Opening night of the Quantum Theatre’s production of The Golden Dragon took place on the ‘shore’ of Lake Carnegie in Highland Park. Lake Carnegie, for the unfamiliar, sits in the Park near the swimming pool, above the Pittsburgh Zoo and Aquarium. It started out as an interim pumping station for the Reservoir. Quantum Theatre built stadium seating directly in front of the dock to accommodate the audience.
The playwright, Roland Schimmelpfennig, explores the accident of destiny and the interchangeability of experience, as well as multi-cultural understanding and prejudices – wrestling with “otherness” in this work. The prominence of globalism and nomadic behavior drives home the message that we are all “inexorably linked”. This message is timely, given the 2012 London Olympics as a backdrop in time.
The staging was simple yet effective. The Thai-Chinese-Vietnamese restaurant that lent its name to the play was forged from a few pots and kitchen utensils at center stage. The attached floating pads became alternatively apartments, the front of the house for the restaurant and foreign lands. The production is to be commended for taking advantage of the venue and transforming it.
The allegory of the Ant and the Cricket, reminiscent of a very dark Aesop’s Fable, was initially lost on me. I eventually ‘got’ it, but perhaps not as quickly as the playwright intended. With the sound of crickets (live or piped in…I can only speculate) enhancing the story, the audience was pulled through the disturbing fable. Speaking of dark, the fundamental themes of illegal immigration and sex slavery are not traditionally uplifting, and this production makes no apologies for them continuing in that less than perky vein.
What was truly fascinating and captivating about the production was the manner in which the five actors seamlessly transitioned to different characters and genders throughout the eighty minutes. Simple props – a striped shirt, stewardess jackets, a red dress – and the changing role of narrator led the audience through the storyline. The redundant insertion of the catch phrases “short pause” or “long pause” were unnecessary in my view and didn’t add anything for me, after the first one or two. The director, Karla Boos, describes them as …”to reveal the mechanics, like a beat-changing pause; to create the machine-like world of this kitchen via repetition.” The repetition of the lists – ingredients, locales, etc. – enhanced the inclusion of the audience in the tale, strengthening the bond between storyteller and spectator.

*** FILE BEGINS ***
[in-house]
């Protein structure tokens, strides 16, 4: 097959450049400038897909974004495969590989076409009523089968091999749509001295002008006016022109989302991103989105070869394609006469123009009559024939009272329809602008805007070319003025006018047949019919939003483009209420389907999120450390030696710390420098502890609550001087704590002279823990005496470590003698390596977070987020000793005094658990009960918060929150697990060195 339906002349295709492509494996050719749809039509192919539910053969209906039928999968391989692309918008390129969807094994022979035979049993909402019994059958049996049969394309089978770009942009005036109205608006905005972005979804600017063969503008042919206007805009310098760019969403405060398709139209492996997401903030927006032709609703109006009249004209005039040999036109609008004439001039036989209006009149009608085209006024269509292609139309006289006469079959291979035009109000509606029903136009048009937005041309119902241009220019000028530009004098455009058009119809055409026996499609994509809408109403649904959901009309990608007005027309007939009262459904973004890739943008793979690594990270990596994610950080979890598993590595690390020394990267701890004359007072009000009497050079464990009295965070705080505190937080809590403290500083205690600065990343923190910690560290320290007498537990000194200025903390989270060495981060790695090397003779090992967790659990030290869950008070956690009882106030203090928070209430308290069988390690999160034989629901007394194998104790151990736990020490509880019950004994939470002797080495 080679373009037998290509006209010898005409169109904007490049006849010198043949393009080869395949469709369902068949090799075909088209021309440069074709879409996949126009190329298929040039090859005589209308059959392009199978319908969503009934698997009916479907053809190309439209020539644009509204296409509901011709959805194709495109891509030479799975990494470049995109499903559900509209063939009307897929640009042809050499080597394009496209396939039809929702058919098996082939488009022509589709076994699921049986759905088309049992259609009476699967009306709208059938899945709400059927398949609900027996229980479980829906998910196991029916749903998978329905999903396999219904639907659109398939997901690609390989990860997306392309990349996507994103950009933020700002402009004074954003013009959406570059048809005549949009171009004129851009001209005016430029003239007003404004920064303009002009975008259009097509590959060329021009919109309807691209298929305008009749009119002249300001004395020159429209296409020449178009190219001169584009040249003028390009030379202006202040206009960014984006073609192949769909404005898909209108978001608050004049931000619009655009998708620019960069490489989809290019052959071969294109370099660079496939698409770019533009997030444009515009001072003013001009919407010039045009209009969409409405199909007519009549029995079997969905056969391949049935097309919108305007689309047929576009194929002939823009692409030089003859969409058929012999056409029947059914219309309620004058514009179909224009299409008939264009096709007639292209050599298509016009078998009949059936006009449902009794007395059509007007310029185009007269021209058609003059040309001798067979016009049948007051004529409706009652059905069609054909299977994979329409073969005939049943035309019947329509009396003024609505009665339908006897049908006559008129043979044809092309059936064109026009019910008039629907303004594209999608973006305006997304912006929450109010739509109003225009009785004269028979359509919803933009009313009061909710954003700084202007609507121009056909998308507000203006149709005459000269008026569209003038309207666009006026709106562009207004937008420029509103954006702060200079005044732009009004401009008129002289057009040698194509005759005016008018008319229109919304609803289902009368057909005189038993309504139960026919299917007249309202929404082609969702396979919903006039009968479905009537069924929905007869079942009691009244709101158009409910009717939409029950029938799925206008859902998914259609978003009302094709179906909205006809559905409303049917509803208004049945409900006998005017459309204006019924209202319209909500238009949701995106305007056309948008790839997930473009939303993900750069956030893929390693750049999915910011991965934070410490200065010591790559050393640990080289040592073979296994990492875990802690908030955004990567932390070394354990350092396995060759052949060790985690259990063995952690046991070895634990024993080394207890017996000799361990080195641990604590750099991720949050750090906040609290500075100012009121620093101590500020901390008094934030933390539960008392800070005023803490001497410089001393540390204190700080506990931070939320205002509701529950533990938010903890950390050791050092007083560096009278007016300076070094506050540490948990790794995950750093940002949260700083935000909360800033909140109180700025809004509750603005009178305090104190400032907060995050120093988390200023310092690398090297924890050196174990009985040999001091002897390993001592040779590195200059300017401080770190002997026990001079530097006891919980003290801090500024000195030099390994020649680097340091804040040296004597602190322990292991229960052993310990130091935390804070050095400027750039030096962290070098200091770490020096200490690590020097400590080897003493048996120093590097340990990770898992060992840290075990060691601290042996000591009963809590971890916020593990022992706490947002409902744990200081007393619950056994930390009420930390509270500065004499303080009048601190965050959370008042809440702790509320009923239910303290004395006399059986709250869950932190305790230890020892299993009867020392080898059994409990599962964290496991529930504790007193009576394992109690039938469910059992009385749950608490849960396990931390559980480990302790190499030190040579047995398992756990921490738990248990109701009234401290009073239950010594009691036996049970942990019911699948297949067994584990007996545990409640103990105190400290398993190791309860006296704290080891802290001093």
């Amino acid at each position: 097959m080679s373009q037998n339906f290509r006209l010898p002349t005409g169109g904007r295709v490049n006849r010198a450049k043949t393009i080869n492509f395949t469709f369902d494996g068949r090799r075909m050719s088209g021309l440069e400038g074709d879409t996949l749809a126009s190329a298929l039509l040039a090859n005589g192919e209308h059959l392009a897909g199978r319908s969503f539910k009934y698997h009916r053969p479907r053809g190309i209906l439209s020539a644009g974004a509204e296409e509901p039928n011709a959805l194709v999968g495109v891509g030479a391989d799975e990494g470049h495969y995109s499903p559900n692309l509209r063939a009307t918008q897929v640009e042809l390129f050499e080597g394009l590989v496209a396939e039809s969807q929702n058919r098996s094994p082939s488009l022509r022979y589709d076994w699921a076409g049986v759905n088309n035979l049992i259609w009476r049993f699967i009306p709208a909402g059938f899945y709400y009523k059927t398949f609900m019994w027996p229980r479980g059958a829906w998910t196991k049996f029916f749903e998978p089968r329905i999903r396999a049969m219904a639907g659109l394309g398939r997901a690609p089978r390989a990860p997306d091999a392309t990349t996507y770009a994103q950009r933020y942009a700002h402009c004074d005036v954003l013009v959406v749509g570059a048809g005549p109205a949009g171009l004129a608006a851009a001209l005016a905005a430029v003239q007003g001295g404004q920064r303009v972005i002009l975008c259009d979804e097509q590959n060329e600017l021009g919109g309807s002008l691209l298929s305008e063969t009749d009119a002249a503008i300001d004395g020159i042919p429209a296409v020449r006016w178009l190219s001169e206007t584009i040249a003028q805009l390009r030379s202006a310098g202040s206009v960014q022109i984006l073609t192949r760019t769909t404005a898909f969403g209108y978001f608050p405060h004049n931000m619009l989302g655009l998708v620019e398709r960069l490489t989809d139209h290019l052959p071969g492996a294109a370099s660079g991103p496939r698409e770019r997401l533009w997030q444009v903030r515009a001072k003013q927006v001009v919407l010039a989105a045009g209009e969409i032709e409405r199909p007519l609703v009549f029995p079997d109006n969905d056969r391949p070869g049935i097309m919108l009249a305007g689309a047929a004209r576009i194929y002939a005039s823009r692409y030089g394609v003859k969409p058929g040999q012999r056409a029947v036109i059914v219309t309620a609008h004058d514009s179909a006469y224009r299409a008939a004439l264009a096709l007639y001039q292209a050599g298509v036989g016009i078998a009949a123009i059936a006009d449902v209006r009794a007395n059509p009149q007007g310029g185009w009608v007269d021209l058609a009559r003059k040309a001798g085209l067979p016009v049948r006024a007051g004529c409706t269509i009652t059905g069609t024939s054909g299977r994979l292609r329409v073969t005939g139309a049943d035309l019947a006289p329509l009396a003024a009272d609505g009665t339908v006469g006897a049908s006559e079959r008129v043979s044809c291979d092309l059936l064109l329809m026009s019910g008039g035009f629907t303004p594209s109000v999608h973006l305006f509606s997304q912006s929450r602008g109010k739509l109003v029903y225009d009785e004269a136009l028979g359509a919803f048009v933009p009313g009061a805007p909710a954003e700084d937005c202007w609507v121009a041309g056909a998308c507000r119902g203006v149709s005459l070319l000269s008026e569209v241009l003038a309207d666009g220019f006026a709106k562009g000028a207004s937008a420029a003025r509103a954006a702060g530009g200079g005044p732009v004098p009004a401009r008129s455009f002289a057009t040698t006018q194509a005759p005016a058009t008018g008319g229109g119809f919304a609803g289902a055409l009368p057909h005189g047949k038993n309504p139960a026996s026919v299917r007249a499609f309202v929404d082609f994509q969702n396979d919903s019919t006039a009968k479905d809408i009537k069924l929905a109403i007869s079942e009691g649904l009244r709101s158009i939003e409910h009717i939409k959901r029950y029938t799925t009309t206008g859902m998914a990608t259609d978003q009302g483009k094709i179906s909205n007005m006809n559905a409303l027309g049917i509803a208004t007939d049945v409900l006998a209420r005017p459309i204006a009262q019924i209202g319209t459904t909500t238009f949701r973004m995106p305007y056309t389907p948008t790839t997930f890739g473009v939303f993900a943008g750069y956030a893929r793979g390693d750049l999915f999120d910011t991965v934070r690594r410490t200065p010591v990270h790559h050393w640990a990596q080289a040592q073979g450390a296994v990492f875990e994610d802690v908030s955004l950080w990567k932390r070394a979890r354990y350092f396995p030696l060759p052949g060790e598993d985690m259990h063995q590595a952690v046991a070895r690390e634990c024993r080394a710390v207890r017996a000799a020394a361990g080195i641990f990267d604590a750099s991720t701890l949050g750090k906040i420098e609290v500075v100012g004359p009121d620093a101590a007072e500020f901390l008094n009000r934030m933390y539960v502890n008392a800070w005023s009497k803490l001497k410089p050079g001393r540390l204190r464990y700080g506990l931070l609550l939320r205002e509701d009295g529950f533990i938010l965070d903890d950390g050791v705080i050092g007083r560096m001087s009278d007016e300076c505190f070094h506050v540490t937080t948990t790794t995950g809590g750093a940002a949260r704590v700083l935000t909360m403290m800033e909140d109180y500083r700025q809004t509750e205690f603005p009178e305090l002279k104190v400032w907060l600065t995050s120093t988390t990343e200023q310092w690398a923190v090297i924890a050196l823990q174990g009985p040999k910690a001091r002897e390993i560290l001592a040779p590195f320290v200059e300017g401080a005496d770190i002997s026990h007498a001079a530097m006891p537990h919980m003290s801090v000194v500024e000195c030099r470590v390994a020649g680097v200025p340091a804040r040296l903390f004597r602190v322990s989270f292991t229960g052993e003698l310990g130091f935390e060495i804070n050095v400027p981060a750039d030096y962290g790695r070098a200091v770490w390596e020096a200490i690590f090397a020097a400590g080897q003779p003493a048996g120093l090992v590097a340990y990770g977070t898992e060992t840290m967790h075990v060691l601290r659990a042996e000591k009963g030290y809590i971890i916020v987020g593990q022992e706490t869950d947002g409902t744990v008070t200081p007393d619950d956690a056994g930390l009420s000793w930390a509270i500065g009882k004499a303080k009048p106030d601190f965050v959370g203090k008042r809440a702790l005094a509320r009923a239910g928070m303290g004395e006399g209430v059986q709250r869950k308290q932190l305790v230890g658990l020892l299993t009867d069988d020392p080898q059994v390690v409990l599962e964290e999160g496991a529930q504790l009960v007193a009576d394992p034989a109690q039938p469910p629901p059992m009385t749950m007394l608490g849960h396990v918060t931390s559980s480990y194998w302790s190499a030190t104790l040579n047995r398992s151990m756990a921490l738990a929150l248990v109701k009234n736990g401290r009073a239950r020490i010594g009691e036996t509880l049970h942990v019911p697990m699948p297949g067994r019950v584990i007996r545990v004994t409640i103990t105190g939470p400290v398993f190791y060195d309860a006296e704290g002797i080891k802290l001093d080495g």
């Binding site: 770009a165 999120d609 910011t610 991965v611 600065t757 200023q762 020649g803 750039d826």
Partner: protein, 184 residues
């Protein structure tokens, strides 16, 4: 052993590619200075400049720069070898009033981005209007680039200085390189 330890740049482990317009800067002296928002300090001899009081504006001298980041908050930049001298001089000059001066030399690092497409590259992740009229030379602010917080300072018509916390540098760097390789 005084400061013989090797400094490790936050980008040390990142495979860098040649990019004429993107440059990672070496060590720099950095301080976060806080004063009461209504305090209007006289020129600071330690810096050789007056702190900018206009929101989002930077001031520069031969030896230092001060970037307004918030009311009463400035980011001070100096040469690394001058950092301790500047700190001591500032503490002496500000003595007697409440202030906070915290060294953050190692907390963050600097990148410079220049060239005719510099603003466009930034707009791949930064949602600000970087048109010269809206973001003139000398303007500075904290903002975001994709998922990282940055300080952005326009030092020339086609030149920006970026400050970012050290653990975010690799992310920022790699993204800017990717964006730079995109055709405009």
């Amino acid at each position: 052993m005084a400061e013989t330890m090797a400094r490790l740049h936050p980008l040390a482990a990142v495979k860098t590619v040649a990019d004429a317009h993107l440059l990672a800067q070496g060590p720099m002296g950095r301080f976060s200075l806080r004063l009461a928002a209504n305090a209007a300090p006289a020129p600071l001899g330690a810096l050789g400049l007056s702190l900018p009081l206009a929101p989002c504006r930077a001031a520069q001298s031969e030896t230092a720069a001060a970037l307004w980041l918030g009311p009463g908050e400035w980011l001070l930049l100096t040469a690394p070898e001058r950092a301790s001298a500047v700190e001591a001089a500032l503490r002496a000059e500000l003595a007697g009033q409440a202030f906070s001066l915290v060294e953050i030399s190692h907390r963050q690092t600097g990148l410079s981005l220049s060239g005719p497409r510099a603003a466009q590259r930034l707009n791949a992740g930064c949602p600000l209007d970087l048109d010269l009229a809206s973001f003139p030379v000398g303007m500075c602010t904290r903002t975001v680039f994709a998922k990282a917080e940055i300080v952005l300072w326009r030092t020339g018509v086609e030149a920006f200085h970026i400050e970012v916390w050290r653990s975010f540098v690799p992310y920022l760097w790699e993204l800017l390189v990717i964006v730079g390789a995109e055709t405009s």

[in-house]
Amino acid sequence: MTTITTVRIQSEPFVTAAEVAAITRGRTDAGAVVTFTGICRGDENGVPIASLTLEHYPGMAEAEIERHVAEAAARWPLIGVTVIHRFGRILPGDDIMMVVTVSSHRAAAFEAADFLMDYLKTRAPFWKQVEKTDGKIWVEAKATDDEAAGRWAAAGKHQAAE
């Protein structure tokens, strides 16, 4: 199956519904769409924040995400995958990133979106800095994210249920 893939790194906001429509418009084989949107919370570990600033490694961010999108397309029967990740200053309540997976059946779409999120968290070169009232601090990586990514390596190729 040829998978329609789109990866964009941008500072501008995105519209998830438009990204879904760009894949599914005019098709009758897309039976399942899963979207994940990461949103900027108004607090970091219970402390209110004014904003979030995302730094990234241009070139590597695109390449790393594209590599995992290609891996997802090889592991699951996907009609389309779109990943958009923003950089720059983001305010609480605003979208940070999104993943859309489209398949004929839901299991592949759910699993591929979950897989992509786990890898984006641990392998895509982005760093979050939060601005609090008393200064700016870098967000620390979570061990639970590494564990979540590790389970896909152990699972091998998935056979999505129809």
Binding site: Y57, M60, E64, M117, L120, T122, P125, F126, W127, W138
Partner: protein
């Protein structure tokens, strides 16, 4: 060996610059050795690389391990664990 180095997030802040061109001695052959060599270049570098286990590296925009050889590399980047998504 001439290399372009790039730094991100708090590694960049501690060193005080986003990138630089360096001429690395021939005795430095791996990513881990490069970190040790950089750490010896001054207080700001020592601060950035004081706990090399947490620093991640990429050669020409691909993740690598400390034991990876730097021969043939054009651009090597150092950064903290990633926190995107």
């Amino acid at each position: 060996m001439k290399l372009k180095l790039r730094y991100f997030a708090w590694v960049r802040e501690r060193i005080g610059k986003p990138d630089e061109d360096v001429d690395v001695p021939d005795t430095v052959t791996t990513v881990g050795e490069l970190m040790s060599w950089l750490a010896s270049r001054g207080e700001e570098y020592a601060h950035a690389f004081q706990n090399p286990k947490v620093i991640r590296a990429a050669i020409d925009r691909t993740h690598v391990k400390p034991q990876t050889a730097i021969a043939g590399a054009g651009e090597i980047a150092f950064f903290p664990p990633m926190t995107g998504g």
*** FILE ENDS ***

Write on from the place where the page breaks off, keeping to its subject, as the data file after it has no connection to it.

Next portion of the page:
One criticism that I would offer is the gratuitous inclusion of a sexual epithet for the stewardess’s lover – I found it unnecessary and excessive, adding nothing while for me, jarring and actually detracting from my enjoyment.
The production of The Golden Dragon runs from August 2nd through the 26th. I would encourage liberal use of the insect repellent thoughtfully provided by Quantum Theatre.
Posted on behalf of Dreamweaver Marketing Associates. Joyce Kane is the owner of Cybertary Pittsburgh, a Virtual Administrative support company, providing virtual office support, personal and executive assistance, creative design services and light bookkeeping. Cybertary works with businesses and busy individuals to help them work 'on' their business rather than 'in' their business. www.Cybertary.com/Pittsburgh